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Holy Ramadan Months' End Solemnly Celebrated by Caspian Muslims

By Gaukhar Erubaeva and Gunay Hajiyeva April 11, 2024


The interior of the Juma Mosque in Shamakhi, Azerbaijan / Etibar Jafarov

The Islamic holy month of fasting, Ramadan comes to an end this week with the celebration of a joyous festival called Eid (meaning “festival” in Arabic), or more properly Eid al-Fitr. Muslims offered a prayer to mark the end of Ramadan, which is the ninth and the holiest month in the Islamic calendar.

The Islamic holy book, the Quran, was first revealed to the Prophet Muhammad during this month. Millions of Muslims living in the Caspian coastal states mark the end of the month-long fasting and the beginning of the tenth month in the Islamic lunar calendar, Shawwal. To announce the start of Eid, clerics watch for the new moon that marks the start of the new month.

Throughout Ramadan, observant Muslims – except those who are sick, pregnant, or elderly – fast from dawn until dusk daily. Muslims believe that with abstinence from eating and drinking during Ramadan, they grow closer to Allah.

In Azerbaijan, Kazakhstan, and Turkmenistan, Eid al-Fitr fell on Wednesday, April 10, as the new moon was visible at different times around the world. In Iran, the only Caspian country that has Islam as its official religion, Ramadan holiday celebrations started also on April 10.

Meanwhile, Azerbaijan is constitutionally secular, although it is home to over 10 million people, 97 percent of which are Muslim. A month-long period of fasting and reflection in Azerbaijan began on March 11, following a testimony, or fatwa, issued by the Caucasian Muslims Office – the main religious institute that coordinates Islamic activities in the country.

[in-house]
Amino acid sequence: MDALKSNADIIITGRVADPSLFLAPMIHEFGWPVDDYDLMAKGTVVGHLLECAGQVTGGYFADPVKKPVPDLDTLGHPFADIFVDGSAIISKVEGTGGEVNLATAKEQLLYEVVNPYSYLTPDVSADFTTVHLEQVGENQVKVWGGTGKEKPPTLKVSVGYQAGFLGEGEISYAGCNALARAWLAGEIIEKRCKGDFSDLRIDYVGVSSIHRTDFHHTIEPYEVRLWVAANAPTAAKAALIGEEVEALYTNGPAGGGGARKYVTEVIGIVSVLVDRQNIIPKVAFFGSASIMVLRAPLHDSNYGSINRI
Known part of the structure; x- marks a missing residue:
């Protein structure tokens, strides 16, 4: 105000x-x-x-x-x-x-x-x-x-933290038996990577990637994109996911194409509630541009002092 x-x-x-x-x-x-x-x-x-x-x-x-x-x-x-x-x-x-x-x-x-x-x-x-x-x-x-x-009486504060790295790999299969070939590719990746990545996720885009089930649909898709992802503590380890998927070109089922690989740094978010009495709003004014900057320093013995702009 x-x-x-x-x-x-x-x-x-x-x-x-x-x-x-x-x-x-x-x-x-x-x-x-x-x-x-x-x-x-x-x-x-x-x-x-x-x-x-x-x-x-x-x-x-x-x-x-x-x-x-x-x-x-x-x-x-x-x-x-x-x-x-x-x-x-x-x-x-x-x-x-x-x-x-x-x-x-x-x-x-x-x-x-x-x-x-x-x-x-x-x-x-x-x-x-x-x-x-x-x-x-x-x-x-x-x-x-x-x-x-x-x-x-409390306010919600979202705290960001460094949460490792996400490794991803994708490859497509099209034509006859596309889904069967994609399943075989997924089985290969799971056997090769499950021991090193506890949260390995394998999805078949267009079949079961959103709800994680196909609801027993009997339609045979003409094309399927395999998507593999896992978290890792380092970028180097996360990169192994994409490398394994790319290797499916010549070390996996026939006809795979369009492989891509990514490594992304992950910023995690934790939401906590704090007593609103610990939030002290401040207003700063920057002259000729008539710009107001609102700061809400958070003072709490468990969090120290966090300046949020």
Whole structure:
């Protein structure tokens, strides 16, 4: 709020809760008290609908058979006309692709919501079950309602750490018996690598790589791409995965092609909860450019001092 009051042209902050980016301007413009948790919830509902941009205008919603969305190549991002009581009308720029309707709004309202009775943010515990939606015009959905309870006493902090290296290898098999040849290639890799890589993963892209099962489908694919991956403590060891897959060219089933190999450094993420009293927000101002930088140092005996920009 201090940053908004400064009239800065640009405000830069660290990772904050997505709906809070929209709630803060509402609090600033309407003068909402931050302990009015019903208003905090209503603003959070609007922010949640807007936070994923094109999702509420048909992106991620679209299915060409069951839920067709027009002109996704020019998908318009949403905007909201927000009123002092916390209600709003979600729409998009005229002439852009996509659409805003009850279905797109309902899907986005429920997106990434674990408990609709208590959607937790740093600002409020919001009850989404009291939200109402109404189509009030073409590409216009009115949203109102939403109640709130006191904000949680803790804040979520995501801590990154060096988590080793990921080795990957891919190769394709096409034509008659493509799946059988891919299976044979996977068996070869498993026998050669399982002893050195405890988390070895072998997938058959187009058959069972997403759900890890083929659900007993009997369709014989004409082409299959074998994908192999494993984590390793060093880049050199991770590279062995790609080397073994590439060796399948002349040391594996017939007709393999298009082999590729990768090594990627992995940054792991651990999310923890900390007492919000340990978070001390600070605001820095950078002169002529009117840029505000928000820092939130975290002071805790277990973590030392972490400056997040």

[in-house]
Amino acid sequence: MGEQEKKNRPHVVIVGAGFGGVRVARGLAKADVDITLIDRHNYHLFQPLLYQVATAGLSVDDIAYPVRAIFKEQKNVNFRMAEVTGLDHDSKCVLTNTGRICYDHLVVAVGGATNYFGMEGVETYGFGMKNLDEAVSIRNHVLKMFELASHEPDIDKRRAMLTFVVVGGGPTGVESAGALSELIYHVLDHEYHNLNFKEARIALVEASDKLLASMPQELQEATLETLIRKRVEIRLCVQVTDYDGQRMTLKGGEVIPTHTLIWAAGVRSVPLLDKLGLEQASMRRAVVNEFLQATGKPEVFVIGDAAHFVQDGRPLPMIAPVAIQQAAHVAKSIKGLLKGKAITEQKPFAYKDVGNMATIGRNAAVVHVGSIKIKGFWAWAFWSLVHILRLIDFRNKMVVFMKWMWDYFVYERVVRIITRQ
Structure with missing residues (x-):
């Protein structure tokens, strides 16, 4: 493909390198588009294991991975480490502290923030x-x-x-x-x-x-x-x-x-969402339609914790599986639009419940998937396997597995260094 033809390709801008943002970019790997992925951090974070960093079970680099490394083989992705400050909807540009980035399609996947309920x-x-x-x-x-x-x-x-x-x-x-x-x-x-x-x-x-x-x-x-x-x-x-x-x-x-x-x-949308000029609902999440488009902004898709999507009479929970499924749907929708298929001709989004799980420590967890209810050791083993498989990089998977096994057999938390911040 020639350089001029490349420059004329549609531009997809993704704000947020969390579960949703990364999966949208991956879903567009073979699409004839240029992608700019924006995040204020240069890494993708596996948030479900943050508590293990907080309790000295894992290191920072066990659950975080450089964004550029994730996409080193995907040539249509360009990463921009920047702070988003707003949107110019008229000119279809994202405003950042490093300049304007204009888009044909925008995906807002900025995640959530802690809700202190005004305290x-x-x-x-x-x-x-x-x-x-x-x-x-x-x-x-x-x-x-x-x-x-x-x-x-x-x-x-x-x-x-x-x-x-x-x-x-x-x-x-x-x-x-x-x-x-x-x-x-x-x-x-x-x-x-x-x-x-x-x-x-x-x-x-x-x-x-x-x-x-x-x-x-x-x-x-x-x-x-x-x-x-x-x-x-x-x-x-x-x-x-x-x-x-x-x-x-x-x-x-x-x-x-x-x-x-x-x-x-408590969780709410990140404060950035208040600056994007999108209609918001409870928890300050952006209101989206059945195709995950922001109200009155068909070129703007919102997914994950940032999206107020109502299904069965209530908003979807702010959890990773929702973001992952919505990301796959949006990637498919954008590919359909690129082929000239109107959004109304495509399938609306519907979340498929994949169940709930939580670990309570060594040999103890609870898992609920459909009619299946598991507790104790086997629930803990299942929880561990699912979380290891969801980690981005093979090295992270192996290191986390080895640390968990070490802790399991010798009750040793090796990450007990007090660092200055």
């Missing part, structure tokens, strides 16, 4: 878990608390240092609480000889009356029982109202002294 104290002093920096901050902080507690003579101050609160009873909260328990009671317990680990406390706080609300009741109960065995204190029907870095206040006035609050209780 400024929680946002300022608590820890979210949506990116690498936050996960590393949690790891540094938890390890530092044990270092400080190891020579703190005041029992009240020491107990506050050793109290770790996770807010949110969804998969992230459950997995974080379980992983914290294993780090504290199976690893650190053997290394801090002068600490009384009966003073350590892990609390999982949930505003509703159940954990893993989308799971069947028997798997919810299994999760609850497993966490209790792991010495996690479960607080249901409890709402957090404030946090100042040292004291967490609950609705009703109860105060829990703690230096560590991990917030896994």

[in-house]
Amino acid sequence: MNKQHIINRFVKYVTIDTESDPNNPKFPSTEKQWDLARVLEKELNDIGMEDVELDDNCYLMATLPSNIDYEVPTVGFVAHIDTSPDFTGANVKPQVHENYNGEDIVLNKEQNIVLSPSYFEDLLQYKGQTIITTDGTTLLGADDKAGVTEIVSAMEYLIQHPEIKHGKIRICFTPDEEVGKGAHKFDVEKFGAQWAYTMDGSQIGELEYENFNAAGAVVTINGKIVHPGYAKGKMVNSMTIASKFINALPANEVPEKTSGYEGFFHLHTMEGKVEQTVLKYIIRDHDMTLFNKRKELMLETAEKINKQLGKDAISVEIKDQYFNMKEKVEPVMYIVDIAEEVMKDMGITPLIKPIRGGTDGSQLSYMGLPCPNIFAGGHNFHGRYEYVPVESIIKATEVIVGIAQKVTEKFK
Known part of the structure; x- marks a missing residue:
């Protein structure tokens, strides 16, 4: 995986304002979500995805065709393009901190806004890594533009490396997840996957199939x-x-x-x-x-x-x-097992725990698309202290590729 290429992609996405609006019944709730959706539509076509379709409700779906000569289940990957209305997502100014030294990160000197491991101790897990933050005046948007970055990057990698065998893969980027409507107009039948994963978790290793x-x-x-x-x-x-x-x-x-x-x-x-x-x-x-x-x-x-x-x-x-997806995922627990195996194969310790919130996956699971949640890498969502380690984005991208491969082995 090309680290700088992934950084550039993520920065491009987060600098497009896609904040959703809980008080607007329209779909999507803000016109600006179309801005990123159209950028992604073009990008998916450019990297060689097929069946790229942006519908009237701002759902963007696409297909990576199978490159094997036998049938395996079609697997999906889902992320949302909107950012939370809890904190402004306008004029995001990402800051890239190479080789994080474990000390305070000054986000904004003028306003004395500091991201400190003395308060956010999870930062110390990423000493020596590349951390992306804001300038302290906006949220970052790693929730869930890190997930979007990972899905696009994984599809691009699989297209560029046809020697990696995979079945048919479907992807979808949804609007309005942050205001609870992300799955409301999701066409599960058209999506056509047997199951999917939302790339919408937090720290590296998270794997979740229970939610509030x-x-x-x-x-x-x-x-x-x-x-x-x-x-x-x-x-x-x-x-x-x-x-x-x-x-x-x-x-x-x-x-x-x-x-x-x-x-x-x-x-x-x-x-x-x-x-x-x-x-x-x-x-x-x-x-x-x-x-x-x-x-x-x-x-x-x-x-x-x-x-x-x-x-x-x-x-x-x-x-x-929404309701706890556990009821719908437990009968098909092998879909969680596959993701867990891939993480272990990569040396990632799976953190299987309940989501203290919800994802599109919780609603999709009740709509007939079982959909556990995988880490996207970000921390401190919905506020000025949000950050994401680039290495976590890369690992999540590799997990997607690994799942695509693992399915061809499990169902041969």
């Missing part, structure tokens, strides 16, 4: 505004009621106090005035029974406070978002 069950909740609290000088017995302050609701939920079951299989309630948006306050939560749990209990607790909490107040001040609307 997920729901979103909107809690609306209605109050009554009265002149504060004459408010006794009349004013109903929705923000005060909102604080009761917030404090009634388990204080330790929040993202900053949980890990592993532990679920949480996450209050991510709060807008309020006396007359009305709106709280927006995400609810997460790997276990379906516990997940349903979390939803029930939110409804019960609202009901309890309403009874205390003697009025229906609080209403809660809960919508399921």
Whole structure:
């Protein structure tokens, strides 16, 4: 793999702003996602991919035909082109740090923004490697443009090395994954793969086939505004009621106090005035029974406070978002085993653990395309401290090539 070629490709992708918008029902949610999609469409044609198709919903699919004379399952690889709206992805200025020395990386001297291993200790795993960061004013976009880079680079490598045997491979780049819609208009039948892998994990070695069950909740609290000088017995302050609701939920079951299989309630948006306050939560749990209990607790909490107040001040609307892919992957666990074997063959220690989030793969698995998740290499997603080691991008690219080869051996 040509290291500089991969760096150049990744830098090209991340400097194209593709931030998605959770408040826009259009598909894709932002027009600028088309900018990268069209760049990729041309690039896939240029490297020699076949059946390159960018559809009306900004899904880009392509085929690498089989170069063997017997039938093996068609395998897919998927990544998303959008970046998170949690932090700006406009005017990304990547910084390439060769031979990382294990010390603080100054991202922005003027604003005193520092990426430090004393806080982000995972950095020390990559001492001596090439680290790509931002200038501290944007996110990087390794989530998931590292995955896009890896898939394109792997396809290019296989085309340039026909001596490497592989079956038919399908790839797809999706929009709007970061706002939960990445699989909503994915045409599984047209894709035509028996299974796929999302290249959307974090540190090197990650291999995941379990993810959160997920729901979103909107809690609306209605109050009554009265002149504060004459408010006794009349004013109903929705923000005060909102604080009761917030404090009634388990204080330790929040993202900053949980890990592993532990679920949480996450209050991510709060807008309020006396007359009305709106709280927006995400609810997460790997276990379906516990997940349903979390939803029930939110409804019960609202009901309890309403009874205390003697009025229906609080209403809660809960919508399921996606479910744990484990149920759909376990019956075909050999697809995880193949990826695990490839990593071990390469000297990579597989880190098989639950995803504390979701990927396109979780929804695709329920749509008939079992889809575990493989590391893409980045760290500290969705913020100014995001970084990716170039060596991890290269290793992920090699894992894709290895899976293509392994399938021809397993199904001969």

People flocked to mosques across the country to pray to Allah for a blessing upon their families, relatives, and friends, and to help them live the rest of the year in good health and prosper. A special prayer service was held on April 10 morning in Baku at the major mosques across the city, including the largest Heydar Mosque in the South Caucasus.

Muslims in Kazakhstan, which account for 70 percent of the country's overall population, also celebrated Eid on Wednesday. A large part of those living in Kazakhstan see Ramadan as a cultural marker and a testimony to their spiritual heritage and respect for others. Eid al-Fitr is seen as the manifestation of a holy power that helps to strengthen unity among people.

Muslims in Turkmenistan, which account for 93 percent of its population, also celebrated Eid on Wednesday. There, Eid al-Fitr is a national holiday, and as such was also made a non-working day.

April 10, 2024, marked the end of the holy month also in Russia, where it was celebrated by nearly 20 million Muslims, accounting for 15 percent of the country's population. Muslims congregate to pray, enjoy a big feast, give gifts to one another, and donate food to the poor.